What’s Wrong with my Plants? - Part 2

Your guide on how to recognise deficiency or overdose of elements - Part 2


It is one of the chlorophyll components (responsible for the plants green colour) and a lot of other enzymes.
If a plant suffers from lack of magnesium you will notice that:

  • Lower leaves dry out
  • Leaves become lighter in colour and they will have up curled edges
  • With time edges will get red or brown but the nerves will stay green and long


It has a fundamental role with soil pH. It’s lack is usually related to magnesium, pottasium overdose or high hydrogen ion concentration.

Lack of Lime causes:

  • Change of shape and curls on the edges of young leaves
  • light brown nerve colour on young leaves
  • Weakness of the root system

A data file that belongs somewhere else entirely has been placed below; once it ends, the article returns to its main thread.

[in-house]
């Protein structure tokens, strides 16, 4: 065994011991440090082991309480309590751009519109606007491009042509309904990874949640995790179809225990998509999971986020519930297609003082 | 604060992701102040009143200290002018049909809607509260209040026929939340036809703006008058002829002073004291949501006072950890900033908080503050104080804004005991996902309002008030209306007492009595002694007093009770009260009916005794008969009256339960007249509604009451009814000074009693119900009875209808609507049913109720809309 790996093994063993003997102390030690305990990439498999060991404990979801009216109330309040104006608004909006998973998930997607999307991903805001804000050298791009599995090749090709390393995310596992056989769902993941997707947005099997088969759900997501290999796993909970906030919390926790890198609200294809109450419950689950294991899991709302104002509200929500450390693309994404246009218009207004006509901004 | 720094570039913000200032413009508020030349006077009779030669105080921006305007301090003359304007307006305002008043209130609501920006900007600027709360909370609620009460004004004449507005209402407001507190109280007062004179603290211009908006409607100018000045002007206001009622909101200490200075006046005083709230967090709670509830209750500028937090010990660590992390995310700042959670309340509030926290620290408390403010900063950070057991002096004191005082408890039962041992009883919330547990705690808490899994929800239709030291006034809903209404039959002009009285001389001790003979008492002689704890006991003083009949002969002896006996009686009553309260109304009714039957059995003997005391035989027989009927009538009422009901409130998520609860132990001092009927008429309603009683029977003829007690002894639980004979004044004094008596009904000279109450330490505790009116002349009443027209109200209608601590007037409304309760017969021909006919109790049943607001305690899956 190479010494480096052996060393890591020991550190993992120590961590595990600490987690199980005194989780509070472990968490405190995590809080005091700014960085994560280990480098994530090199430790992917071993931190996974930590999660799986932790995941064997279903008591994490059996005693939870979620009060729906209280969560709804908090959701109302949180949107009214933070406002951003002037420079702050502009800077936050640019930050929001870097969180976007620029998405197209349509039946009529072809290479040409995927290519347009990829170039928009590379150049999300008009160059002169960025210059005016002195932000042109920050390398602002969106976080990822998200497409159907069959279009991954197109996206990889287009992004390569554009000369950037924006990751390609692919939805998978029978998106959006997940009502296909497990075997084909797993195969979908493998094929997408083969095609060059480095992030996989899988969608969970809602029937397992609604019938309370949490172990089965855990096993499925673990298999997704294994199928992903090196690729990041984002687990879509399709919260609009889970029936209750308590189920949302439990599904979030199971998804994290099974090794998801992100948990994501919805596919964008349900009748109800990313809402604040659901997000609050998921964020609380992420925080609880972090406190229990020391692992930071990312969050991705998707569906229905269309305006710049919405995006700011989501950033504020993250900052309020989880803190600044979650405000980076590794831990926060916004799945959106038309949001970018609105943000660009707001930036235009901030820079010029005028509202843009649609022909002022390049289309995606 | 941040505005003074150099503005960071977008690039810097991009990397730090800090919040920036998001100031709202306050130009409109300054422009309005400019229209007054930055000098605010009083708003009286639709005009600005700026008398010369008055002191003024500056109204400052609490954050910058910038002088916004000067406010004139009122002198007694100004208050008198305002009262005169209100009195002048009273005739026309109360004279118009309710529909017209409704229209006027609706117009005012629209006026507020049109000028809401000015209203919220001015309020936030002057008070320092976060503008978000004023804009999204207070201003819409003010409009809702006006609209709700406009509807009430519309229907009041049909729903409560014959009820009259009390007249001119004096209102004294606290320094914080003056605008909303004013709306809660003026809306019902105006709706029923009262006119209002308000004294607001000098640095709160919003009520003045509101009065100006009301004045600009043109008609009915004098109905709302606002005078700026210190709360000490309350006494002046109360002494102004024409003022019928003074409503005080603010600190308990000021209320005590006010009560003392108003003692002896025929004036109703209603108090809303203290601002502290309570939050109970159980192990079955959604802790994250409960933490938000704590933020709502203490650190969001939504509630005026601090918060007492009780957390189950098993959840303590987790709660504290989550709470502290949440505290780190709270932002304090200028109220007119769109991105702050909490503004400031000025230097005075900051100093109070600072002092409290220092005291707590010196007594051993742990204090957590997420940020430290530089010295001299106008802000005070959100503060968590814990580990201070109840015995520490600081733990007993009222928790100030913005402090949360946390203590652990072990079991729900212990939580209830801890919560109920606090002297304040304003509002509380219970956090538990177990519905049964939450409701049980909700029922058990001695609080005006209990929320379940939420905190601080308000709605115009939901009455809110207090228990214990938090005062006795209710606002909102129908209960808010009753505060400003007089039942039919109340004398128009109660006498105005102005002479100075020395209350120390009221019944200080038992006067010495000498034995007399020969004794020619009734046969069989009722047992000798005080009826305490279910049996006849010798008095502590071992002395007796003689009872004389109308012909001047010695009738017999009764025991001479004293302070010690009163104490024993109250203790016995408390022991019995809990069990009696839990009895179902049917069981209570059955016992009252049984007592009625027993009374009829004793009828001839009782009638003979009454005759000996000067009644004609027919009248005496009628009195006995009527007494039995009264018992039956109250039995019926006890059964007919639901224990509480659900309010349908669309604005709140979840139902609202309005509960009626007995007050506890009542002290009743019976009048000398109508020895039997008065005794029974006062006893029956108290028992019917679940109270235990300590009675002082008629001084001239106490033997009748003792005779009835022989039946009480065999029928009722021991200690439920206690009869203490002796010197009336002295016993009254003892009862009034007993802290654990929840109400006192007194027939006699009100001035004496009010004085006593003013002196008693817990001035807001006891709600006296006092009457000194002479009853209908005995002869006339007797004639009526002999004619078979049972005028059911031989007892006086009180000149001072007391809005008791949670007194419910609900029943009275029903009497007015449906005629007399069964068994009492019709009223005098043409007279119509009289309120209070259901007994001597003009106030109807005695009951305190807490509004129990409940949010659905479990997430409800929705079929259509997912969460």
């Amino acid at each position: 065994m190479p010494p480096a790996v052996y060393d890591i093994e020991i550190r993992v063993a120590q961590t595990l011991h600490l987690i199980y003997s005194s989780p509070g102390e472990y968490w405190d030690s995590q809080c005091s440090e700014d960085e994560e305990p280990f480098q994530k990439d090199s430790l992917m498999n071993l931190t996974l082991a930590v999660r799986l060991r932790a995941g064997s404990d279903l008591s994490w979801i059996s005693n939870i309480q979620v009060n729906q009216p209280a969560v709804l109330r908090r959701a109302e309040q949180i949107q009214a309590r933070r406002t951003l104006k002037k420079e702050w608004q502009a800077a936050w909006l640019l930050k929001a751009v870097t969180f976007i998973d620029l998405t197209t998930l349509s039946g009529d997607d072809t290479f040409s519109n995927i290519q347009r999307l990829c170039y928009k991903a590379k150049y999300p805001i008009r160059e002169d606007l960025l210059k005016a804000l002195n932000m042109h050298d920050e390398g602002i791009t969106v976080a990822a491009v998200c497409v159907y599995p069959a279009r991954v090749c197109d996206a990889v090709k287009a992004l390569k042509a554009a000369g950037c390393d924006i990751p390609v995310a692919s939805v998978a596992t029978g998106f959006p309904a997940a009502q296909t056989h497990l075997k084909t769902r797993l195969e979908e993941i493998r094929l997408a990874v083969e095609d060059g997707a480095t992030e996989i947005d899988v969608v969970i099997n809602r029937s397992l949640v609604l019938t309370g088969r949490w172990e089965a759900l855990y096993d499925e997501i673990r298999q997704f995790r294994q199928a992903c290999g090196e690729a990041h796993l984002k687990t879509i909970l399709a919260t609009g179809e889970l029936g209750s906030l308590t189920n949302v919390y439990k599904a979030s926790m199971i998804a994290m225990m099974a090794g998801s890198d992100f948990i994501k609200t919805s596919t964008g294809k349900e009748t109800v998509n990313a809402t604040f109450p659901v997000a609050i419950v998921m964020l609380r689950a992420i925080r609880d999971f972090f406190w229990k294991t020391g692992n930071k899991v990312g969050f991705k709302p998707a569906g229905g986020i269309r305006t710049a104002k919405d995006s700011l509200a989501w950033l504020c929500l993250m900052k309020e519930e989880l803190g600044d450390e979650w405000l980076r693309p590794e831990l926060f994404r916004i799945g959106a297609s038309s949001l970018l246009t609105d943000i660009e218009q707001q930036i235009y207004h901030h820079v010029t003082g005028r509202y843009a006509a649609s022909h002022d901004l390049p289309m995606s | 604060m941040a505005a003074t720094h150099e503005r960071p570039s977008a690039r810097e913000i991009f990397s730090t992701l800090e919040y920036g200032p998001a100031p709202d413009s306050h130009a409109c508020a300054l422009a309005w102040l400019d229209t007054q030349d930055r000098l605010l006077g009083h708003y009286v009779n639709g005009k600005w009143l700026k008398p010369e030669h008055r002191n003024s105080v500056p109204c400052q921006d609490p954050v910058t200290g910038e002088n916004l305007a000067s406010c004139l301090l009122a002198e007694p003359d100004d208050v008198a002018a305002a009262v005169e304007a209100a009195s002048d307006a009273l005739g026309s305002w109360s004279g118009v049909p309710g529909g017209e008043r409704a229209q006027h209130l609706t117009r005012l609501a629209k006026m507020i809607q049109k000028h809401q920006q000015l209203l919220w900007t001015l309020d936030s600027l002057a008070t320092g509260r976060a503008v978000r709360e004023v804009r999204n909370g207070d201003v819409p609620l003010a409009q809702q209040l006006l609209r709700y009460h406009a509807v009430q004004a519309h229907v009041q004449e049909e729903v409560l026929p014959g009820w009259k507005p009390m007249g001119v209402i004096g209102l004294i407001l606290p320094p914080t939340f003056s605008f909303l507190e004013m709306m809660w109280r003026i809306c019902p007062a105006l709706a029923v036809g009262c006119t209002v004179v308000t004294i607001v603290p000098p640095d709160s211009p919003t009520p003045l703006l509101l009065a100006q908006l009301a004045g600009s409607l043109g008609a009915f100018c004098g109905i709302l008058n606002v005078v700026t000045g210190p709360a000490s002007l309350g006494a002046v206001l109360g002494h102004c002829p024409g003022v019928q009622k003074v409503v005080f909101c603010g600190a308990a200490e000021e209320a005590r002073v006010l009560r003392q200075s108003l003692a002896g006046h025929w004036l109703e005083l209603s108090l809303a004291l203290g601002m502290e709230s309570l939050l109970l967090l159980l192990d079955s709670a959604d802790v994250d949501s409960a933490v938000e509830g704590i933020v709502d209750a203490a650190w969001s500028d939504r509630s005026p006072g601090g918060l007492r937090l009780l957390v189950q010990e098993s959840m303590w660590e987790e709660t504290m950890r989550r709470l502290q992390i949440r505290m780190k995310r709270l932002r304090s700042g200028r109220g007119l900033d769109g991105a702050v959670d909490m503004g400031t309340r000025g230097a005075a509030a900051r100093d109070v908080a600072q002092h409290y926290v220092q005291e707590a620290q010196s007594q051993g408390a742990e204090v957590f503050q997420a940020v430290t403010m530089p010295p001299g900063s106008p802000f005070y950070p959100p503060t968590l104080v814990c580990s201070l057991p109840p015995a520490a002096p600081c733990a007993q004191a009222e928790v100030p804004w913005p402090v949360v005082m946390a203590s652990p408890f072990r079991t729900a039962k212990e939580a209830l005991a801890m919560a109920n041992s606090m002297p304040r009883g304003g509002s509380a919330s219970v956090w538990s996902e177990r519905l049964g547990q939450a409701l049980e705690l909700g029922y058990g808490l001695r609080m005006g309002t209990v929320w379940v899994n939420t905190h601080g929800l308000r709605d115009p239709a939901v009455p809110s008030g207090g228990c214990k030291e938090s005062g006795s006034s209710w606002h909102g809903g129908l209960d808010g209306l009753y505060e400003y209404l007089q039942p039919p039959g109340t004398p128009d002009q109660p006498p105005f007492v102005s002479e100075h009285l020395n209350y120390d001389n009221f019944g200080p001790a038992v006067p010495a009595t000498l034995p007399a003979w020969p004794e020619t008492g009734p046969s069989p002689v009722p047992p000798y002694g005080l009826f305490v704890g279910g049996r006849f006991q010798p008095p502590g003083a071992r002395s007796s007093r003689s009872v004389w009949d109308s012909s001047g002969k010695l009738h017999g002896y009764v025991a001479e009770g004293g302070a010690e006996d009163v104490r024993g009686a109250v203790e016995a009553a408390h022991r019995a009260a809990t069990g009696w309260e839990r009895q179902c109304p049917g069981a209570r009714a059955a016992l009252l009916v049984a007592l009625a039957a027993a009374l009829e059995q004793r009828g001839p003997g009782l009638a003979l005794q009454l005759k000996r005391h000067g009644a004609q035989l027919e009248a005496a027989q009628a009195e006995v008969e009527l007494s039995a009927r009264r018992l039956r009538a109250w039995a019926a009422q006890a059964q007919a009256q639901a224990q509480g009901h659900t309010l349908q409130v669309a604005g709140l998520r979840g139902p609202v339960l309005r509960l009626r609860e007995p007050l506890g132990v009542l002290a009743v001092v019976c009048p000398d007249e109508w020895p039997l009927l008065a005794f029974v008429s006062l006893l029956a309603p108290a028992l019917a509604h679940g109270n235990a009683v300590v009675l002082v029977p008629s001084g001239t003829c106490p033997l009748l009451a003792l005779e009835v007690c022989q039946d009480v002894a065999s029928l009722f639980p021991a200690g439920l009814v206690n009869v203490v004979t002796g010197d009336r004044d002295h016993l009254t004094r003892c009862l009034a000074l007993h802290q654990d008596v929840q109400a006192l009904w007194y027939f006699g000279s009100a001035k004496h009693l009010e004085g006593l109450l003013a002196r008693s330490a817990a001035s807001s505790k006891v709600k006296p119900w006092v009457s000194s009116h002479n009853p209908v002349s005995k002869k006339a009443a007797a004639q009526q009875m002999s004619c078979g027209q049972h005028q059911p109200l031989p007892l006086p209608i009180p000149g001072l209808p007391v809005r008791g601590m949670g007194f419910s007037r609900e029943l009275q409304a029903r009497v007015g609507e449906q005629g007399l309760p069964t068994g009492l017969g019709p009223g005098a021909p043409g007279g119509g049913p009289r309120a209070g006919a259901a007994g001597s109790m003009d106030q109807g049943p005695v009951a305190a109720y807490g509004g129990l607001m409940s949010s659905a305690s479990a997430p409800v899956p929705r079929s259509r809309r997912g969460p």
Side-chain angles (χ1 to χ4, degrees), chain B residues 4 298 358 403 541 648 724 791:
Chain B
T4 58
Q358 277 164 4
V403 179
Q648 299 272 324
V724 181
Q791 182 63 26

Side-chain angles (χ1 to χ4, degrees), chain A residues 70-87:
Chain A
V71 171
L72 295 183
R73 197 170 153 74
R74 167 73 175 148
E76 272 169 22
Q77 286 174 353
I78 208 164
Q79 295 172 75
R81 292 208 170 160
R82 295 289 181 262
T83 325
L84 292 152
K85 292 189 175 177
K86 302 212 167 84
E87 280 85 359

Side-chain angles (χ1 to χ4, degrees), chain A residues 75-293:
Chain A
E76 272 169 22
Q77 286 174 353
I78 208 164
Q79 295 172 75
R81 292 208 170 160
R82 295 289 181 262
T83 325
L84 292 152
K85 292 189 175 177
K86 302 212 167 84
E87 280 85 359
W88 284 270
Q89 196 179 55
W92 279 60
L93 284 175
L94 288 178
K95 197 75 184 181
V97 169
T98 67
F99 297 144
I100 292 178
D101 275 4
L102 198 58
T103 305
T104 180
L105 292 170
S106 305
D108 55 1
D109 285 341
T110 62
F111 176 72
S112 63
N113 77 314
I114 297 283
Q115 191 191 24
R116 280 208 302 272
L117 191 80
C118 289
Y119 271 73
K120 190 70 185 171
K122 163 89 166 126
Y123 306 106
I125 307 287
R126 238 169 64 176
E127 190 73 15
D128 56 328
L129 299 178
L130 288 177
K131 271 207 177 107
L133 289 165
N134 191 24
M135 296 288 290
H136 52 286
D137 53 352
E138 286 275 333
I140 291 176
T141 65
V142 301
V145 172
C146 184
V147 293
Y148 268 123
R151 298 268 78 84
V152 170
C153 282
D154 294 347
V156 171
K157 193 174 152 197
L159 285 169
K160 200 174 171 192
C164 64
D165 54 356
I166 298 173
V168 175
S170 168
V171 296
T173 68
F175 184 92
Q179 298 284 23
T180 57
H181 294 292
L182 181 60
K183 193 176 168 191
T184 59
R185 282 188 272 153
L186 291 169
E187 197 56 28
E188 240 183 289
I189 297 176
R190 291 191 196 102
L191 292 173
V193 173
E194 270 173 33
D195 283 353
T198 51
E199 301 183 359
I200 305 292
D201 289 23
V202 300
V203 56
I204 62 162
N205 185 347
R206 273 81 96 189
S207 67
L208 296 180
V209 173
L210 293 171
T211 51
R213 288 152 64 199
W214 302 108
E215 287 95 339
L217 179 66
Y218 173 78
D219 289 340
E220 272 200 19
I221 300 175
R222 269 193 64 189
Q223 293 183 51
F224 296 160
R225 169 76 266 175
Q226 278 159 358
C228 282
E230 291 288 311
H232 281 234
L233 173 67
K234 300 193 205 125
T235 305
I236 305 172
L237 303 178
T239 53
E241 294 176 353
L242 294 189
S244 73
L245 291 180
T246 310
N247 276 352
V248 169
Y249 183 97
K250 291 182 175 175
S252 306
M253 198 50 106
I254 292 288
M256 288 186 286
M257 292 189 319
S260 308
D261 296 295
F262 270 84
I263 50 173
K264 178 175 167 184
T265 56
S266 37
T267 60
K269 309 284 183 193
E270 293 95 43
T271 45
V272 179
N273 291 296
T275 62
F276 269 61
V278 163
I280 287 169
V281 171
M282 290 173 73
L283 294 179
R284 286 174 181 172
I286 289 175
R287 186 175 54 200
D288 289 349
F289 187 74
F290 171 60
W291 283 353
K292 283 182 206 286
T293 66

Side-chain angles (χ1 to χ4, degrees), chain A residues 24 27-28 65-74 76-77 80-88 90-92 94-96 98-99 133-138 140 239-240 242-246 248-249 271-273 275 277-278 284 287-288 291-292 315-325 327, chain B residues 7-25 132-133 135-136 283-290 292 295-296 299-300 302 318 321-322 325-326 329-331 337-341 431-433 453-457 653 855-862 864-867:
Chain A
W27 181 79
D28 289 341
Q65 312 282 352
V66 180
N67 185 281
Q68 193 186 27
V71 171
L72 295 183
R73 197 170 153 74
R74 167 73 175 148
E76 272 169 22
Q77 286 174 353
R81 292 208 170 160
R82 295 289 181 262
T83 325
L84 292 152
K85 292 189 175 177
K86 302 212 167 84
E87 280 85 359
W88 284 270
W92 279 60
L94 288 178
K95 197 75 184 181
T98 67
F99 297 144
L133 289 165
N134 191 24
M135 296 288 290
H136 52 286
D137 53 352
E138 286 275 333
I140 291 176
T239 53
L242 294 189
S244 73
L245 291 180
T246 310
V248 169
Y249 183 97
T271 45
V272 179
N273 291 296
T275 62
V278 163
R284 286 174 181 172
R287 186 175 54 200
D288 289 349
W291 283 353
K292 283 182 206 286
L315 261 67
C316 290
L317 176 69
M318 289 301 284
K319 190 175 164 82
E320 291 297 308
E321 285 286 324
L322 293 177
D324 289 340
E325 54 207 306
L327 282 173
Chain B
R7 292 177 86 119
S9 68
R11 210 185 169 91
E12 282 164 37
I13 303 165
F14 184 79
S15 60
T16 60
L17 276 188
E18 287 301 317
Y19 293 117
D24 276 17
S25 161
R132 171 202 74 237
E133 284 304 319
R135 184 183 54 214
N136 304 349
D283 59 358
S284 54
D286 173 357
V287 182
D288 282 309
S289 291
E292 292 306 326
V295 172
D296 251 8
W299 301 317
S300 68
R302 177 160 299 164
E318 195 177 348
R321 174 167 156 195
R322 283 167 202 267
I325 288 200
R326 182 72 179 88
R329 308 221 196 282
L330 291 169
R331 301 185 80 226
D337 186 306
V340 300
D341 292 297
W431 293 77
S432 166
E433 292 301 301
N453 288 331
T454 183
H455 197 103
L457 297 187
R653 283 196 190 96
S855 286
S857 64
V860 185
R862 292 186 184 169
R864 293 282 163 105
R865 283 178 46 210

• Appearance of dry growths, spots on the fruits


The plants which will show very quickly the lack of iron are rhododendron, grapevine, hydrangea, buxus (boxwood) and surfinia.
The problems usually appear when there are wrong air-water relations, when there is not enough oxygen or when we have an overdose of lime and the pH is above 7.5. We can have a problem with lack of iron also when there is too much phosphorus and pottasium or not enough daylight.

With a lack of iron in a plant you can notice:

  • Chlorosis of the upper leaves: the leaves are getting yellowish-whitish, where only nerves stay green

It's very hard to complete the iron deficiency. We need to optimise the soil pH. We should try to water the plants with soft water, which doesn’t contain lime. It will loosen compacted soil. We can use the specialist iron on leaf feed (iron chelate with 0.1-0.2% concentration), which within 10 days will bring back the green leaf colour.

We hope our gardening tips will be useful. If you need any additional help please do not hesitate to contact us.